Calcified Tissue International

, Volume 90, Issue 3, pp 219–229 | Cite as

Microarray Profiling of Diaphyseal Bone of Rats Suffering from Hypervitaminosis A

  • Thomas LindEmail author
  • Lijuan Hu
  • P. Monica Lind
  • Rachael Sugars
  • Göran Andersson
  • Annica Jacobson
  • Håkan Melhus
Original Research


Vitamin A is the only known compound that produces spontaneous fractures in rats. In an effort to resolve the molecular mechanism behind this effect, we fed young male rats high doses of vitamin A and performed microarray analysis of diaphyseal bone with and without marrow after 1 week, i.e., just before the first fractures appeared. Of the differentially expressed genes in cortical bone, including marrow, 98% were upregulated. In contrast, hypervitaminotic cortical bone without marrow showed reduced expression of 37% of differentially expressed genes. Gene ontology (GO) analysis revealed that only samples containing bone marrow were associated with a GO term, which principally represented extracellular matrix. This is consistent with the histological findings of increased endosteal/marrow osteoblast number. Fourteen genes, including Cyp26b1, which is known to be upregulated by vitamin A, were selected and verified by real-time PCR. In addition, immunohistochemical staining of bone sections confirmed that the bone-specific molecule osteoadherin was upregulated. Further analysis of the major gene-expression changes revealed apparent augmented Wnt signaling in the sample containing bone marrow but reduced Wnt signaling in cortical bone. Moreover, induced expression of hypoxia-associated genes was found only in samples containing bone marrow. Together, these results highlight the importance of compartment-specific analysis of bone and corroborate previous observations of compartment-specific effects of vitamin A, with reduced activity in cortical bone but increased activity in the endosteal/marrow compartment. We specifically identify potential key osteoblast-, Wnt signaling-, and hypoxia-associated genes in the processes leading to spontaneous fractures.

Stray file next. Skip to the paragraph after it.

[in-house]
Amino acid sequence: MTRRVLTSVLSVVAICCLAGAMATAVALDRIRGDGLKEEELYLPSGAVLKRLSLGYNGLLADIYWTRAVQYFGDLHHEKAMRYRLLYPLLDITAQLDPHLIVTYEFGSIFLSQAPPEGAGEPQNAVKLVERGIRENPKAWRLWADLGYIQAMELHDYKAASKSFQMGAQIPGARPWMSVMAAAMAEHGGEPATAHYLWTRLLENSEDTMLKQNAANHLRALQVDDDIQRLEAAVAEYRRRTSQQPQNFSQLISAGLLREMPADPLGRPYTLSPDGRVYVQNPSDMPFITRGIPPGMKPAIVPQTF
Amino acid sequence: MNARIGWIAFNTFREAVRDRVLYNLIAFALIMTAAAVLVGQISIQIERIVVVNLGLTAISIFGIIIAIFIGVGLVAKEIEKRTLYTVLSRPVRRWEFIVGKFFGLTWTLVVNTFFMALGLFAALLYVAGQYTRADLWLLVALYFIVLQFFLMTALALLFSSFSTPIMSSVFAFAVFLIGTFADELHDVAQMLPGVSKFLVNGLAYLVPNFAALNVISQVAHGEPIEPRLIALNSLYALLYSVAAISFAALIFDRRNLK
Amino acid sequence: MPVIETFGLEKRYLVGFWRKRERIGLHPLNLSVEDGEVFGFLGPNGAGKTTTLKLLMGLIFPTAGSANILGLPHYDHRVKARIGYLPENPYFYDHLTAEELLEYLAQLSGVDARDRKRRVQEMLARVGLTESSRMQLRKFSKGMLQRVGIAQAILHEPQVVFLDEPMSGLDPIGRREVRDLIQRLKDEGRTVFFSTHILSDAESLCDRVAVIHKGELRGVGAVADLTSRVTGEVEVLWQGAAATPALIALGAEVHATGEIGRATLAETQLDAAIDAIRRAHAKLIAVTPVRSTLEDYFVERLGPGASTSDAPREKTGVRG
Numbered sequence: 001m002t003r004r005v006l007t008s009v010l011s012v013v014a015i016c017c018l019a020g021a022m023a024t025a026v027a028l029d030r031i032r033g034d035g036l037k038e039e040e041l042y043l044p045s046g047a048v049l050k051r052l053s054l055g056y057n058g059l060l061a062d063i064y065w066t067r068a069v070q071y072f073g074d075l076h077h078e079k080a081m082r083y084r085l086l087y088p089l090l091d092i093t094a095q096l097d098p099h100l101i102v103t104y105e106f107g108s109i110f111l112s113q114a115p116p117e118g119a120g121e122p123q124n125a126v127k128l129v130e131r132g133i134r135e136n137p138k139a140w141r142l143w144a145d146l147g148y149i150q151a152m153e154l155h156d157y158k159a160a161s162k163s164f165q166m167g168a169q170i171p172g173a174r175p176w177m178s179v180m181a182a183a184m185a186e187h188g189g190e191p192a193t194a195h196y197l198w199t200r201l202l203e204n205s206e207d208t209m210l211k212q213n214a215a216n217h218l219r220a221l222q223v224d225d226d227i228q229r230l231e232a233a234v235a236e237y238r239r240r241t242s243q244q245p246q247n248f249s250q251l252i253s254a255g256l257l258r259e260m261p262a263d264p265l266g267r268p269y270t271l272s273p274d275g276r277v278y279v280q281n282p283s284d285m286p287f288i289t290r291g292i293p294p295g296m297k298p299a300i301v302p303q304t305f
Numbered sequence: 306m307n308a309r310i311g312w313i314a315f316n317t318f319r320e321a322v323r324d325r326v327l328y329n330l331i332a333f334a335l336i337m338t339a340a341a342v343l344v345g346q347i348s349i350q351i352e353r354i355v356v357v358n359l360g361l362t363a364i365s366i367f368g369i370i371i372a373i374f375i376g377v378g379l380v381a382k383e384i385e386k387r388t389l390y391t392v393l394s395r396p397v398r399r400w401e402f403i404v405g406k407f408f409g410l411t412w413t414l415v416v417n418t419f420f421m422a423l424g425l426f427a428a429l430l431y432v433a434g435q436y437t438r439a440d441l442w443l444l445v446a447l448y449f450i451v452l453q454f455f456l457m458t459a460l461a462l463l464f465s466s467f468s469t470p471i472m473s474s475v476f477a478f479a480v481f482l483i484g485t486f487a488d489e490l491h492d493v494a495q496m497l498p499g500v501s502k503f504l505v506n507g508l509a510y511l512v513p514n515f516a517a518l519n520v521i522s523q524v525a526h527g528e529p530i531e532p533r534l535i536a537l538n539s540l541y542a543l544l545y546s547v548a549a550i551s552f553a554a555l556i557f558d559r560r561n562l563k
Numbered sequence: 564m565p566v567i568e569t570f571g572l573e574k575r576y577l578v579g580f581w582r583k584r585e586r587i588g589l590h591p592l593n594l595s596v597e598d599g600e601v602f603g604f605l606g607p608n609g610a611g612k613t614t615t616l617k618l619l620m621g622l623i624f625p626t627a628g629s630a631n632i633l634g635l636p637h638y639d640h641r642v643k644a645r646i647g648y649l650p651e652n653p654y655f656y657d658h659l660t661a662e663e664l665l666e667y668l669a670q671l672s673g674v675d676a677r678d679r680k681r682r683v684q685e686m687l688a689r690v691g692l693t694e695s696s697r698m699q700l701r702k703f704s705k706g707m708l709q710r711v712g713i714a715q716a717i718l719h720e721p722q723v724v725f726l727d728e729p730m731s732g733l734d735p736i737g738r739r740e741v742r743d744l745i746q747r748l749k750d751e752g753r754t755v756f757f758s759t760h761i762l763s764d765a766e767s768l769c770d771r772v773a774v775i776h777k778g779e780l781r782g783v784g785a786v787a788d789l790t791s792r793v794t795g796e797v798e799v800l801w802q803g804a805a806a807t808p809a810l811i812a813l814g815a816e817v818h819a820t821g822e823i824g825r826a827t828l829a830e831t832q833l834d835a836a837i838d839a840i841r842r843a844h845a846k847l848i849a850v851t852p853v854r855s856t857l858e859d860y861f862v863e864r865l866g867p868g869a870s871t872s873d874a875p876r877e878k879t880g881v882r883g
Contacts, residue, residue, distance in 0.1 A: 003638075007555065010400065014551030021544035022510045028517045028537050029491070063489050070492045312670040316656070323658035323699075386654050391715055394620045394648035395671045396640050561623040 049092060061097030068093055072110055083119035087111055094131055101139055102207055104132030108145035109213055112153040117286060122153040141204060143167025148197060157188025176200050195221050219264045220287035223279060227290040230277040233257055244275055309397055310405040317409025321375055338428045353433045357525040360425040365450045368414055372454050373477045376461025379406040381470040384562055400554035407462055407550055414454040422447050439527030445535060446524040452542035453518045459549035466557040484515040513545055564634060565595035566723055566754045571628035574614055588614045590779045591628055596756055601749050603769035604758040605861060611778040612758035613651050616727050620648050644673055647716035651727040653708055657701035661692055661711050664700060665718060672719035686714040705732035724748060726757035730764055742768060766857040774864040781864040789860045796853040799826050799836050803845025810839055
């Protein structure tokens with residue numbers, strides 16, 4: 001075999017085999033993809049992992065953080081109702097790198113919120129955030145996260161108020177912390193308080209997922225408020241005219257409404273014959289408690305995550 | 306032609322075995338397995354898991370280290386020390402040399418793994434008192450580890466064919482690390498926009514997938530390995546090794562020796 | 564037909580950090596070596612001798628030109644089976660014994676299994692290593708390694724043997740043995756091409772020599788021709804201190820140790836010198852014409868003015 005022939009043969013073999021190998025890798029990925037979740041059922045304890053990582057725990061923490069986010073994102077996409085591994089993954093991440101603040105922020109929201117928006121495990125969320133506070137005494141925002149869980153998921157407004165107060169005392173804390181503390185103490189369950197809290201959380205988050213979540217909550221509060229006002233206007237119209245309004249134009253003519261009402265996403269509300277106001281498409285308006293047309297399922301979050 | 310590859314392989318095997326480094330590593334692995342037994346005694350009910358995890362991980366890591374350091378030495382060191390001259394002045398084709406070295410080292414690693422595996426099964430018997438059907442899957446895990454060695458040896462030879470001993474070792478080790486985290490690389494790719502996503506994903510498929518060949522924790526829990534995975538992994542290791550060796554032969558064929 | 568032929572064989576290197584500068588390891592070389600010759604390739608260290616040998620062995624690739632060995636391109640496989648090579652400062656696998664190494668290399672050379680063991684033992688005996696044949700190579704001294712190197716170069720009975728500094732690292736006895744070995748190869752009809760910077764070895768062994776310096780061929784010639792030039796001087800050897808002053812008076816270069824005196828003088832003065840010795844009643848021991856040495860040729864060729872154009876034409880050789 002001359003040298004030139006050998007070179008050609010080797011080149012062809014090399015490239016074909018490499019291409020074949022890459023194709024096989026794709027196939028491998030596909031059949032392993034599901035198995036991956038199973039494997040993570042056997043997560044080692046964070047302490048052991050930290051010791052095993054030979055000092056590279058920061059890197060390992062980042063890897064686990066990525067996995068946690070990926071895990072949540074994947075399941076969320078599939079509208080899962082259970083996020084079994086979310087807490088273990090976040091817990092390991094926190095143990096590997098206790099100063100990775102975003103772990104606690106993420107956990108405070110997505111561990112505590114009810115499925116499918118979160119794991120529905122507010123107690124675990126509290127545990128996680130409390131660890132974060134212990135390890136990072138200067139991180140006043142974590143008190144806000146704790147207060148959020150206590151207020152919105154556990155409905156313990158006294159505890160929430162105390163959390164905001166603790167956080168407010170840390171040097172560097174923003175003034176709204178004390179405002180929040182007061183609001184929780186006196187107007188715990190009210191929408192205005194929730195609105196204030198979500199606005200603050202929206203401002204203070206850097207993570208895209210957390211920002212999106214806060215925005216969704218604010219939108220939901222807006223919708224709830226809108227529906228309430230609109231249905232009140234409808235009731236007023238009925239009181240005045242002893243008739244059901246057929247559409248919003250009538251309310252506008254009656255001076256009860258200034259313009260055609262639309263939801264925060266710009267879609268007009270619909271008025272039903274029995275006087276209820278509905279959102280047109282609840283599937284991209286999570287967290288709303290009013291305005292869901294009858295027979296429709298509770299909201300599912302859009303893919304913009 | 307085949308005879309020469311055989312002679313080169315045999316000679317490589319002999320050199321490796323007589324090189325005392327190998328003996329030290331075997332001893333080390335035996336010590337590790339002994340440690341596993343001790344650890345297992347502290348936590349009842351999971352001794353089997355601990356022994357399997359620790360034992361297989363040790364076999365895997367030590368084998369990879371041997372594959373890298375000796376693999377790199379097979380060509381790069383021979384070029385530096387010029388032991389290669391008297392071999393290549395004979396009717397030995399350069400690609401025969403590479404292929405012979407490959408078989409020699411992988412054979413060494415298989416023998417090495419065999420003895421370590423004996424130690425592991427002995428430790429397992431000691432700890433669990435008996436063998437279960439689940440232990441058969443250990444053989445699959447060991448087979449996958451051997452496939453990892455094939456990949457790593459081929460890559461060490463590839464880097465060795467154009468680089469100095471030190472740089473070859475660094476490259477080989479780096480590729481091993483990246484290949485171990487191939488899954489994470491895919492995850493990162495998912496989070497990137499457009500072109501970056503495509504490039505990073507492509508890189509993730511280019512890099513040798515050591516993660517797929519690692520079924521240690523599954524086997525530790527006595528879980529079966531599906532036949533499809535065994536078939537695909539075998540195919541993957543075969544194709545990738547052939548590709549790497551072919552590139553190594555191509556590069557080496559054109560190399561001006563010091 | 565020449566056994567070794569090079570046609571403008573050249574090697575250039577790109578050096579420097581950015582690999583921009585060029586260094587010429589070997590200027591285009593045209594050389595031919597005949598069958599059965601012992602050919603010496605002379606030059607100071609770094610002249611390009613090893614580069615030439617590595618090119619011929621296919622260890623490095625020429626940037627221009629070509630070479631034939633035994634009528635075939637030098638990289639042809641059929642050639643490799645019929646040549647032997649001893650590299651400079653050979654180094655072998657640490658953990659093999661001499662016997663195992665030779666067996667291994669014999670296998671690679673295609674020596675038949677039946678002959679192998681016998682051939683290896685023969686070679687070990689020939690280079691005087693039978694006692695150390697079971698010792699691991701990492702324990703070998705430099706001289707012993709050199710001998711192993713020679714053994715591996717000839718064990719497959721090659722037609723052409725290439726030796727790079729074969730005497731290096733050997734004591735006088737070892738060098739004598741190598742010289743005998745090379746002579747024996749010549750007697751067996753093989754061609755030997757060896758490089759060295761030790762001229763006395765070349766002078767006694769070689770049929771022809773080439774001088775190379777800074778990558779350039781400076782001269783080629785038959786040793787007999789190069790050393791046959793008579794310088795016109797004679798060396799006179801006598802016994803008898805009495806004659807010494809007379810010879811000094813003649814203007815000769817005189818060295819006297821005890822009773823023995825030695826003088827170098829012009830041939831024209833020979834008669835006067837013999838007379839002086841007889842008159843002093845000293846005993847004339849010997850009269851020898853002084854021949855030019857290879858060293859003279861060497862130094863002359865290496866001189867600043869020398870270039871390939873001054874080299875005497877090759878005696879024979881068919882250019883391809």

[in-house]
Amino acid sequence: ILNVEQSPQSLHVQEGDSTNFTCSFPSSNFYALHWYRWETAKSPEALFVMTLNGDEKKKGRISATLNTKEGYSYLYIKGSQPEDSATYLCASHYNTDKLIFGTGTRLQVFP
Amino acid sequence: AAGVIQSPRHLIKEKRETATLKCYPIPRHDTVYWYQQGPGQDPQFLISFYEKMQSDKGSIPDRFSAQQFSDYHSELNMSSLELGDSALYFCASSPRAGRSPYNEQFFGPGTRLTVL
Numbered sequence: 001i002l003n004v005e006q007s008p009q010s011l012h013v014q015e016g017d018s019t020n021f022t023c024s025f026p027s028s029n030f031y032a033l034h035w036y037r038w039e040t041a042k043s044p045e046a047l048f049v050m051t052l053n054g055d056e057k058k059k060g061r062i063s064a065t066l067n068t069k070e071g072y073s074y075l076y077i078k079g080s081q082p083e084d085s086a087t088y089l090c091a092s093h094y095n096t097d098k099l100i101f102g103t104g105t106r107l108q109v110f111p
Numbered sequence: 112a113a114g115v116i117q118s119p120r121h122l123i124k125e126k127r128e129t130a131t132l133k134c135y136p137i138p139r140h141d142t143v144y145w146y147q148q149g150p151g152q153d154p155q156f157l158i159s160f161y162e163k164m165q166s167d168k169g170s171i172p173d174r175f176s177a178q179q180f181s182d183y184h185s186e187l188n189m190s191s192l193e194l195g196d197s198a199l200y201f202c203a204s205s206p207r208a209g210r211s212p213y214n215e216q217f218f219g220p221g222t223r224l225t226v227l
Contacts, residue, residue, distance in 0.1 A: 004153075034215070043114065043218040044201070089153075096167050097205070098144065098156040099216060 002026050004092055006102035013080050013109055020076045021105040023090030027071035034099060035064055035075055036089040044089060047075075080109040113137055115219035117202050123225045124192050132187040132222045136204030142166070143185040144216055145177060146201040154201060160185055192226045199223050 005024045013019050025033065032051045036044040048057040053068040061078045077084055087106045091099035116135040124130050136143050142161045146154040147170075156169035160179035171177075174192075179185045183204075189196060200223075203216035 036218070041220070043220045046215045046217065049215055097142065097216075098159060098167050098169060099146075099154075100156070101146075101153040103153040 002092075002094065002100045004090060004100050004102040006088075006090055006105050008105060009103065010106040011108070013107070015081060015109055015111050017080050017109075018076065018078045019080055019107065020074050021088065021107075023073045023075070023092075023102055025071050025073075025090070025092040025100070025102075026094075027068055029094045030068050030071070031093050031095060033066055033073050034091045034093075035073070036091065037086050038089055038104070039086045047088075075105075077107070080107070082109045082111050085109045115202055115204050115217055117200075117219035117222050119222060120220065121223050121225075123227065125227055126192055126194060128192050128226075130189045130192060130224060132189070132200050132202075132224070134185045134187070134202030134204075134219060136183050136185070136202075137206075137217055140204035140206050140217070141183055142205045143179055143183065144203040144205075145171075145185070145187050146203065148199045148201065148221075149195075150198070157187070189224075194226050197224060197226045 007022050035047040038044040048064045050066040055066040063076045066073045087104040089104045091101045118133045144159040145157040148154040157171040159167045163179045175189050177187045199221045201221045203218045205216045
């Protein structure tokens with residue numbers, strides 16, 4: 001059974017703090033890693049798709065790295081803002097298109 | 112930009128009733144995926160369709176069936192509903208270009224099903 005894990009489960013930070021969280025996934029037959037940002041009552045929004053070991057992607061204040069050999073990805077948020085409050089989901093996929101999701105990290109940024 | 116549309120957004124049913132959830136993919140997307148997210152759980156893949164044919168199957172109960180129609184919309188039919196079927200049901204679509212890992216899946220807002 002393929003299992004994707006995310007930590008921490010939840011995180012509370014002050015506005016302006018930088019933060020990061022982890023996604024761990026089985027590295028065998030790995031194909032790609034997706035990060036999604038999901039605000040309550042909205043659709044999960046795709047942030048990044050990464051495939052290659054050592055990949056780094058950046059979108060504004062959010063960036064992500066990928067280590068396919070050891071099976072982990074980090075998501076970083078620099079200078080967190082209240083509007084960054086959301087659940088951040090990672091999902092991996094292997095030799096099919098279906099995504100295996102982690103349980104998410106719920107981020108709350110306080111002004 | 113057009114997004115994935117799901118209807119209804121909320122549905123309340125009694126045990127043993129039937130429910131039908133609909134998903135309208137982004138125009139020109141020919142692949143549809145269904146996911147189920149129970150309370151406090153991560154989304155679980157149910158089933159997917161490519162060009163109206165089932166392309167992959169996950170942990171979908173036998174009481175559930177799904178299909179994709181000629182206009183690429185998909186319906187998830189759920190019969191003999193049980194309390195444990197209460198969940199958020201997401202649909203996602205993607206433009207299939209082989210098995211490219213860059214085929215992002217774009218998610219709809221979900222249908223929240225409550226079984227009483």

Retinol Microarray Diaphyseal bone Marrow Rat 



We thank Uppsala Array Platform for their technical assistance and Valeria Giandomenico for critical reading of the manuscript. This work was supported by the Swedish Society of Medicine (T. L.) and the Swedish Medical Research Council (H. M., G. A.).

Supplementary material

223_2011_9561_MOESM1_ESM.xls (34 kb)
Supplementary material 1 (XLS 34 kb)
223_2011_9561_MOESM2_ESM.xls (51 kb)
Supplementary material 2 (XLS 51 kb)


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Copyright information

© Springer Science+Business Media, LLC 2011

Authors and Affiliations

  • Thomas Lind
    • 1
    Email author
  • Lijuan Hu
    • 1
  • P. Monica Lind
    • 2
  • Rachael Sugars
    • 3
  • Göran Andersson
    • 4
  • Annica Jacobson
    • 1
  • Håkan Melhus
    • 1
  1. 1.Department of Medical Sciences, Section of Clinical PharmacologyUppsala UniversityUppsalaSweden
  2. 2.Department of Medical Sciences, Section of Occupational and Environmental MedicineUppsala UniversityUppsalaSweden
  3. 3.Oral Biology, Department of Dental MedicineKarolinska InstitutetHuddingeSweden
  4. 4.Division of Pathology, Department of Laboratory MedicineKarolinska Institutet, Karolinska University HospitalHuddingeSweden

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